One year look back: How Covid-19 affected the development of AI
It is undeniable that COVID-19 has caused chaos and continued uncertainty for the global economy for the past two years. But surprisingly, despite the pandemic’s hit on the economy, the AI industry has shown positive signs of hectic growth from multiple perspectives. Overall in 2020, AI hiring, investment, and adoption significantly increased across the board, creating long-term trends that are here to stay even after the pandemic.
According to The AI Index Report – an annual study of AI impact and progress established by Stanford HAI – the total global investment in AI, including private investment, public offerings, M&A, and minority stakes, increased by 40% in 2020 relative to 2019 for a total of USD 67.9 billion.
In terms of private investment in AI startups, the global trend is that more money is being put into fewer companies. The report showed that there was a 9.3% increase in the amount of private AI investment (equivalent to more than 40B USD) into startups in 2020, while in 2019 the rate was 5.7%. However, the number of newly funded AI companies in the world continued a sharp decrease from its 2017 peak. The U.S remains the front runner for private investments (23.6B USD), while China stands in 2nd place with 9.9B USD, followed by the UK with 1.9B USD.
AI Hirings data from LinkedIn shows that the number of AI hirings grow rapidly in the year 2020. The hiring rate has been surging across countries, in which Brazil, India, Canada, Singapore, and South Africa are the countries with the highest growth rate in AI hirings. It was also interesting to spot that hiring in the U.S. grew more slowly than in other countries, like Canada, Brazil, and South Africa. Indeed, the U.S. saw a decline in total AI job postings between 2019 and 2020 — from about 325,000 jobs to about 300,000 jobs. Some experts explain this event happens because the U.S is in fact further along the mass hiring stage of AI engineers, they are now a lot more mature and therefore more stable in terms of hiring numbers.
Hiring demand going forward also suggests that AI’s application will soon become a “general-purpose” technology, like electricity, since AI can cut across almost all industries and the application of AI is indeed a wide-open door according to experts.
The pandemic has paved the way for AI to enter businesses and proved its proficiency quicker than ever. In the new study, Thriving in an AI world, conducted by KPMG, a large number of business owners and government leaders stated that AI has now played a moderately to fully functional role within their organizations. The rate of AI adoption sky-rocketed during the Covid-19 pandemic, among which Industrial Manufacturing leads the poll at 93%, following Financial Services, Tech, and Retail at 84%, 83%, and 81% respectively. All three sectors including Financial Services, Tech, and Retail witnessed a great upward trend from the previous year of at least a 20% increase point, which clearly shows the businesses’ urge to apply AI in order to support and avoid discontinue of their operation.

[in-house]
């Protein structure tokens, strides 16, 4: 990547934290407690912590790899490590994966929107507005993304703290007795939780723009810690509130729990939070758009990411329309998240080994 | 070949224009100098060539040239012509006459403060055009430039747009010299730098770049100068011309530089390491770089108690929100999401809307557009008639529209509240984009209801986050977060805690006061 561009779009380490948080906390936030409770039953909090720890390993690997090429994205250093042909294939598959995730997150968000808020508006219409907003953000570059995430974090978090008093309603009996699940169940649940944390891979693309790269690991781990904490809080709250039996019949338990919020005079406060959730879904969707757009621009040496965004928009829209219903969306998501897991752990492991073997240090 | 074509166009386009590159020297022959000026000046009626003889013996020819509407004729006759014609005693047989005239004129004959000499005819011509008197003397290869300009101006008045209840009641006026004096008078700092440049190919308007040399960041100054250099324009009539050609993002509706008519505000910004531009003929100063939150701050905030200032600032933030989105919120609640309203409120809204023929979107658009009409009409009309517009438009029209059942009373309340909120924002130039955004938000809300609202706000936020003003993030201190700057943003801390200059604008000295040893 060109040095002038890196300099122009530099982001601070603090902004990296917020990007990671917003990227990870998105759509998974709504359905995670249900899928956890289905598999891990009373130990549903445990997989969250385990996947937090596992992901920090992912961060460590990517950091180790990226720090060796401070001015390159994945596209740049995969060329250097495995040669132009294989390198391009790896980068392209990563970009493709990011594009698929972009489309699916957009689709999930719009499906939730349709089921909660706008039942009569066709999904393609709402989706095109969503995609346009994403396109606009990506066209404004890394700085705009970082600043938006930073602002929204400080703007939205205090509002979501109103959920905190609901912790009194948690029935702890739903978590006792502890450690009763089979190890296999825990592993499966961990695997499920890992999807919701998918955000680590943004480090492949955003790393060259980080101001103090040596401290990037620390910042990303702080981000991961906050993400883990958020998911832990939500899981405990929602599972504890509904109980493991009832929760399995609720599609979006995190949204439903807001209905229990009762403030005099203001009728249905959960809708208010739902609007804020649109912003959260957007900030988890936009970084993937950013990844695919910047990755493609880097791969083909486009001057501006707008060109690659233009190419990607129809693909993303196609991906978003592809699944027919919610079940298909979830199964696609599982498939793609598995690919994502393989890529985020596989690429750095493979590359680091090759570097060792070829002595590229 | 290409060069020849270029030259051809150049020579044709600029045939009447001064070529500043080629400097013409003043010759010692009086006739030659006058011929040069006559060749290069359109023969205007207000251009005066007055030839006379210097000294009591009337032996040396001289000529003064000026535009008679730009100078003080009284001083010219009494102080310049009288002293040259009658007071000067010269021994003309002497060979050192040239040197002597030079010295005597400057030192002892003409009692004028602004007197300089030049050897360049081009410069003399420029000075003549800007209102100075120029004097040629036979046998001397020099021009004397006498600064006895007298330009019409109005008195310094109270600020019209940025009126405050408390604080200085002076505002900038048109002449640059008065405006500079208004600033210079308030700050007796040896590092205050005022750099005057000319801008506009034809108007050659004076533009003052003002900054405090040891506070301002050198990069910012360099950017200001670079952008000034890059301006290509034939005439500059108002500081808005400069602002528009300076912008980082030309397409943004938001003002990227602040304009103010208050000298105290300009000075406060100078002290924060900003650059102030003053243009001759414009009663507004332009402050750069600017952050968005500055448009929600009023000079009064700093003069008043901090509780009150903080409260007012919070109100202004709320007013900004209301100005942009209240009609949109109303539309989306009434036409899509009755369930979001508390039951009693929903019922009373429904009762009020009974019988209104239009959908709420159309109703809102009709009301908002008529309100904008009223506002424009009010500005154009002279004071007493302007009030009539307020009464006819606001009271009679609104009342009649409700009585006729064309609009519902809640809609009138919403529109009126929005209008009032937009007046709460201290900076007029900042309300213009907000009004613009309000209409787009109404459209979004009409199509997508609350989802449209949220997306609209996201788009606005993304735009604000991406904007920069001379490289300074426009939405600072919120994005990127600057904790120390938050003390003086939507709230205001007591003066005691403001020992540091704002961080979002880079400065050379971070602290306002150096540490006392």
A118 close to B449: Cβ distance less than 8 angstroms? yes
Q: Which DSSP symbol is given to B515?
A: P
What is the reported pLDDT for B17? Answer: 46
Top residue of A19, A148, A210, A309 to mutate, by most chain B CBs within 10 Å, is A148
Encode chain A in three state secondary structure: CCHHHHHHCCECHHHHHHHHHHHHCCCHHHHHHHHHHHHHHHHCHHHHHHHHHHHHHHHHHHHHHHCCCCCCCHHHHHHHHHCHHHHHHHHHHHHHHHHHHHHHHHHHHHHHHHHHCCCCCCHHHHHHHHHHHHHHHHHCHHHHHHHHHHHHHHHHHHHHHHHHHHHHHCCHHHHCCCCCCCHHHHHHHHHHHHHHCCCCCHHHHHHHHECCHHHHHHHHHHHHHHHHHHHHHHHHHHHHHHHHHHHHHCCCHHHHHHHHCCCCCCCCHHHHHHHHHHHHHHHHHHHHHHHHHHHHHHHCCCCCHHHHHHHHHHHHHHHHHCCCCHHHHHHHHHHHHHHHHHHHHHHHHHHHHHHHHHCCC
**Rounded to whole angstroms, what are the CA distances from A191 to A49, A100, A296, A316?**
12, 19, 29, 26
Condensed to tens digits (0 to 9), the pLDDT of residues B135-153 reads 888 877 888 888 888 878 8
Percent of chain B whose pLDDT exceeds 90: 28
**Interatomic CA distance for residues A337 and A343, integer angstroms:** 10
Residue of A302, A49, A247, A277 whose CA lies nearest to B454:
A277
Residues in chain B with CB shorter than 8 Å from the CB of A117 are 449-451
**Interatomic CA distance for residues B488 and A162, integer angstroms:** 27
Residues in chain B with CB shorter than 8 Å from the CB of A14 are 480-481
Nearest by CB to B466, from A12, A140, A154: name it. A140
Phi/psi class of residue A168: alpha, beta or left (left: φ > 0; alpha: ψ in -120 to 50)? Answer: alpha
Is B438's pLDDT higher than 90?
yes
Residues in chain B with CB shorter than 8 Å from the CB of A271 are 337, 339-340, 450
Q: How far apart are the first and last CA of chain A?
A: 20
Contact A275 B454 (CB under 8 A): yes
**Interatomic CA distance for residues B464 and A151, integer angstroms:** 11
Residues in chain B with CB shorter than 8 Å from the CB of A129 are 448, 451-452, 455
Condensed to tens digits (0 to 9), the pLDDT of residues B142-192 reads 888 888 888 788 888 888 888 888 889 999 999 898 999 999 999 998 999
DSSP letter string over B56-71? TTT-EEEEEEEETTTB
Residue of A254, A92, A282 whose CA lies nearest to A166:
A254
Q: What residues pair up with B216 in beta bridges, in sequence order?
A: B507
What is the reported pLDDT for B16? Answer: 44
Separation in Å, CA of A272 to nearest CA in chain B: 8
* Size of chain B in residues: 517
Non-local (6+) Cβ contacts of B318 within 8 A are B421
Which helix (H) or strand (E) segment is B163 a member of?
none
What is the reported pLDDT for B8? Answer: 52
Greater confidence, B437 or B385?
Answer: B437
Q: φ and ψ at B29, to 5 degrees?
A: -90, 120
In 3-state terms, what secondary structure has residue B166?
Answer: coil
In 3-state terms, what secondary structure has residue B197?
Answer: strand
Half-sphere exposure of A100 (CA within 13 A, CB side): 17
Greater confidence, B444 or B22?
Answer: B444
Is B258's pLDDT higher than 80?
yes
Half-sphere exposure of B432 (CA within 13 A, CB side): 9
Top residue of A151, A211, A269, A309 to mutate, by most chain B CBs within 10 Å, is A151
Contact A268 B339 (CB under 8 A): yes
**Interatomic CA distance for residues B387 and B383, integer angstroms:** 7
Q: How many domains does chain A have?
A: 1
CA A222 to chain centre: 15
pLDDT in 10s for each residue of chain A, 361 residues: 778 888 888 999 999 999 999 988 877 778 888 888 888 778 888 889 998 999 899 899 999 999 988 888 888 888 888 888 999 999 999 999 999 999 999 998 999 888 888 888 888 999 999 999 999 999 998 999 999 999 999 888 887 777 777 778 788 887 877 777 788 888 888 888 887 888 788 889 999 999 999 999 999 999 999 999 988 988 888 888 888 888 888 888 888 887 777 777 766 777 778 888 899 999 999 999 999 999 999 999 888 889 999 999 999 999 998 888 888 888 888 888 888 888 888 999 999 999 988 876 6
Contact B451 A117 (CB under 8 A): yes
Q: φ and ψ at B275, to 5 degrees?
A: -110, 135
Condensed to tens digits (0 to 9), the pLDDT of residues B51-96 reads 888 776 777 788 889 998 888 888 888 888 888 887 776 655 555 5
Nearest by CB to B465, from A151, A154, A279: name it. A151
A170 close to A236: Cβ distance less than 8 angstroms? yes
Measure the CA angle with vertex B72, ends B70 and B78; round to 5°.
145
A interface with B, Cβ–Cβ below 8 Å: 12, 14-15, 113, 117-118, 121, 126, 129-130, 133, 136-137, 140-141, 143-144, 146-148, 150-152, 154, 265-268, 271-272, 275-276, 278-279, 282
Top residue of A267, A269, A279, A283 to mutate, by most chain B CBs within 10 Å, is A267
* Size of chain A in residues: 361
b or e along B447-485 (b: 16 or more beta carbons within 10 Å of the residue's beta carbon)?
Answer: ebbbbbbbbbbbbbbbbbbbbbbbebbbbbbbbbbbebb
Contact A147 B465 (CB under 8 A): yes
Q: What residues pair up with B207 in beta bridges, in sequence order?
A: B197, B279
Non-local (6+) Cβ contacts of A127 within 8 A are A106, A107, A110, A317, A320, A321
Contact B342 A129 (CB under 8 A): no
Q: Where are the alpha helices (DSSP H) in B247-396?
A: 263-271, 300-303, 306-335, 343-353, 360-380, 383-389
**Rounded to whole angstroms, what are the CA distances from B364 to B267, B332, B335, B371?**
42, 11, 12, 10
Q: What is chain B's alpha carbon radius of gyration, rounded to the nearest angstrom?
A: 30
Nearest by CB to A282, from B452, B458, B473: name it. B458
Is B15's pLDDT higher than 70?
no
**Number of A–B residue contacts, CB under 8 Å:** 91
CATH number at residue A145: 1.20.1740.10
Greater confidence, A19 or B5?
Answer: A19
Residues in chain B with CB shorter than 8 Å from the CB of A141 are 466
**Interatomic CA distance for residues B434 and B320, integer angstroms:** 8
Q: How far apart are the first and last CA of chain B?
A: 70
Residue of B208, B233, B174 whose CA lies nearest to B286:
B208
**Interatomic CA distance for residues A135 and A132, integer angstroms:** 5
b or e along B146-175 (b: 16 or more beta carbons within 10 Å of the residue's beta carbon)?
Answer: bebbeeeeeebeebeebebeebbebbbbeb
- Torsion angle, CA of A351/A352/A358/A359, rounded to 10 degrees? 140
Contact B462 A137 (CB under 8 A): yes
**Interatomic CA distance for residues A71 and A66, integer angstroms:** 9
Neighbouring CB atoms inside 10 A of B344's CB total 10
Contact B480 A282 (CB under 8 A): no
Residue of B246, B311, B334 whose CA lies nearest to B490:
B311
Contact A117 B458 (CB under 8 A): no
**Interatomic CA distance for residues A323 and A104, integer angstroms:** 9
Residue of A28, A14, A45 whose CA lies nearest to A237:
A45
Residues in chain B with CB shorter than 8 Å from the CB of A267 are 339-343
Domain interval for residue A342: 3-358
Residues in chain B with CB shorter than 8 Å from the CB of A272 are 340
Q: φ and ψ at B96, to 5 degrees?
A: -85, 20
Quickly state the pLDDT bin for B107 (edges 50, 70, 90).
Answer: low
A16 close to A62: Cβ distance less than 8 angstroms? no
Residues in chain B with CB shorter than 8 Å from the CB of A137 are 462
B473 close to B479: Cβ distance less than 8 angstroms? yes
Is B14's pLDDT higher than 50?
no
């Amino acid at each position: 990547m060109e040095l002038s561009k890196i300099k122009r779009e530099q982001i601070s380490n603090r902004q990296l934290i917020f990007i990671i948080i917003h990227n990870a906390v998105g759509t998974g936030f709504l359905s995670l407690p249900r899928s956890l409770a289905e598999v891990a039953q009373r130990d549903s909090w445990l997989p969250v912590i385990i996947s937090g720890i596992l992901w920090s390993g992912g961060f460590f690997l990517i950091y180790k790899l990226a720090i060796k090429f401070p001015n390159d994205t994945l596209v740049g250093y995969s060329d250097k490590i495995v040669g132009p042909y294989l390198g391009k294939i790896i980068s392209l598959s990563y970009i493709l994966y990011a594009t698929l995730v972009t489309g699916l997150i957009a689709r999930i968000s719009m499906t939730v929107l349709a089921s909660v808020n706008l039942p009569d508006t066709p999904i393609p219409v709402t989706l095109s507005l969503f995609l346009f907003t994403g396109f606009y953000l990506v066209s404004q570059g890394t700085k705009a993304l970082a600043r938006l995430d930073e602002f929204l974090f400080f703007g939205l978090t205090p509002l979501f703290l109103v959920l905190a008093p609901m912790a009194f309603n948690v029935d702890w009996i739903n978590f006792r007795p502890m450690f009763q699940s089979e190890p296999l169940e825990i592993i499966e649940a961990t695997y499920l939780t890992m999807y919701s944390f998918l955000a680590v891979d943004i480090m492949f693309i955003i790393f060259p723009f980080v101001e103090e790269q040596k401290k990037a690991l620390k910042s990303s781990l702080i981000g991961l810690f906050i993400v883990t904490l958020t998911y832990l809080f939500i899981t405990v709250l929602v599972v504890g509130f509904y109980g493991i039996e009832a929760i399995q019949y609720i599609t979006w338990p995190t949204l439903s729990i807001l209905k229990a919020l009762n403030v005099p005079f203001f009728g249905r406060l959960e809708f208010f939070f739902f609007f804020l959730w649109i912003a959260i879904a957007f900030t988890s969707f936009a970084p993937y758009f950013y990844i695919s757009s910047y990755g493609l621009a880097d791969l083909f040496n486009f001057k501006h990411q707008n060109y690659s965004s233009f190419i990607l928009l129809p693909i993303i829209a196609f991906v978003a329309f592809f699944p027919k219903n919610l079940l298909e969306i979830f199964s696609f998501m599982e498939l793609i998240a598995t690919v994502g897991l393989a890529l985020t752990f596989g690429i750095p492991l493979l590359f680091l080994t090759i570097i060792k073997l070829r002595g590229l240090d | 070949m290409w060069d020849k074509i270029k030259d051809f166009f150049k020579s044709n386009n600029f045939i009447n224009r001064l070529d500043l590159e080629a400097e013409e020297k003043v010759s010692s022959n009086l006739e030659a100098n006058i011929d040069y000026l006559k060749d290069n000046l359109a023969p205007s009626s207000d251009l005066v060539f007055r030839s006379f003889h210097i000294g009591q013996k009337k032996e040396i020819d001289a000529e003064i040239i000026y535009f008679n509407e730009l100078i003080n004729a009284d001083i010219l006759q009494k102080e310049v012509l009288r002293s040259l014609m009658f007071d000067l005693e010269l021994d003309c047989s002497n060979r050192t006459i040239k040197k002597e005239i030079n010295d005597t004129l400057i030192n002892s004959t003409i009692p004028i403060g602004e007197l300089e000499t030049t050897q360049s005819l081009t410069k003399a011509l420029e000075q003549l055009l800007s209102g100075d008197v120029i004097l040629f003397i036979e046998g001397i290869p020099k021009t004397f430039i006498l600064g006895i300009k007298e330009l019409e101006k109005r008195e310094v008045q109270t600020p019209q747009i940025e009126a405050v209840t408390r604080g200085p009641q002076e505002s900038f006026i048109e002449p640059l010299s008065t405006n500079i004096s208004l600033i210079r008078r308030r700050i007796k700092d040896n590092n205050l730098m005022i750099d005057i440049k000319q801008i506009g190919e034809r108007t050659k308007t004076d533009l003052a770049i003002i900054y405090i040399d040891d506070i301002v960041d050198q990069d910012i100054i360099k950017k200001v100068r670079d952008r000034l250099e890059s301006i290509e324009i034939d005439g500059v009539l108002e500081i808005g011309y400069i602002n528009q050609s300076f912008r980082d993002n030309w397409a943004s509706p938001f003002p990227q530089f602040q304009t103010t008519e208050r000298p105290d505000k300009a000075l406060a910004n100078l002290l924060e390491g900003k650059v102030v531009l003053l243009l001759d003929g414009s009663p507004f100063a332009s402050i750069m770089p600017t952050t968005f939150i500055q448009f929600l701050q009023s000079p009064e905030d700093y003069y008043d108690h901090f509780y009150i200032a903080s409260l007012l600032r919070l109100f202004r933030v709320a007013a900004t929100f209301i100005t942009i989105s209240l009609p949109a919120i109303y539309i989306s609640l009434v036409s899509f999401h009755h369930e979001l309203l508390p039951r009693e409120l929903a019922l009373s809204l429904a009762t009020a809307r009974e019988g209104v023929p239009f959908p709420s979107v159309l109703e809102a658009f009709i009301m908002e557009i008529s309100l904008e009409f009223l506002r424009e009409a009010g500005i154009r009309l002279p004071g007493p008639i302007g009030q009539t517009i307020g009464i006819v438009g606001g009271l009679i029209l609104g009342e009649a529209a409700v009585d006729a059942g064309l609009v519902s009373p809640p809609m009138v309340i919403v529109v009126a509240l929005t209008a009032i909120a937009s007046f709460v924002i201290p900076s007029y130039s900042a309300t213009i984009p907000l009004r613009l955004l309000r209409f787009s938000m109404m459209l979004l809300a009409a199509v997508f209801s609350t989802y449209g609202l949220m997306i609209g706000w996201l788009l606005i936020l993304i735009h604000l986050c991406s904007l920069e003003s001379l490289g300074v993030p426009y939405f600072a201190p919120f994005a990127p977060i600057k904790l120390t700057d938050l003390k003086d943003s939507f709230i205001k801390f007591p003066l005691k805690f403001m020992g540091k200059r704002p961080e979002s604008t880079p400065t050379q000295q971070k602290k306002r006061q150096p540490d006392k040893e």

Based on another report by McKinsey & Company – “The State of AI in 2020”, Machine learning, robotic process automation (RPA), and computer vision appear to be the most popular AI technologies to be adopted across domains. Industries are likely to adopt AI capabilities that best serve their core functions. While Natural language processing (NLP) including text understanding, speech understanding, and text generation is frequently adopted by industries with high volumes of customer or operational data in text forms such as financial services, healthcare, and telecom; physical robotics, as well as autonomous vehicles, are most frequently adopted by industries where manufacturing and distribution play a larger role—such as automotive and assembly, and consumer goods and retail.
Business leaders from both small and large companies say that AI helped their business, particularly during the Covid outbreak. While healthcare business leaders believe in the ability of AI to monitor the spread of COVID-19 cases, and help tremendously with vaccine development and distribution; in other sectors such as financial services, leaders are also confident that AI will be the game changer factor to help their company identify fraud, or in the public sector where decision-makers are certain in AI’s ability to improve bureaucratic efficiency.
The initial index also indicates that mentions of AI in corporate earnings calls have increased substantially and in 2020, the number of mentions of AI in earning calls was two times higher than mentions of big data, cloud, and machine learning combined. This has partly spoken volumes about the rising awareness of business leaders about the role of AI in their operation, as well as the contribution of AI adoption to increasing revenue and cutting costs of businesses.
It is obvious that AI has been given a little push by the pandemic to accelerate, but some also worry that it may be moving too fast. Concerns focus mainly on the regulations needed to be set to ensure ethical AI technology and adoption, while some others think that companies will have to step up their game in changing broad contextual, including business process, leaders mindset, etc, in order to get the most of the technology.
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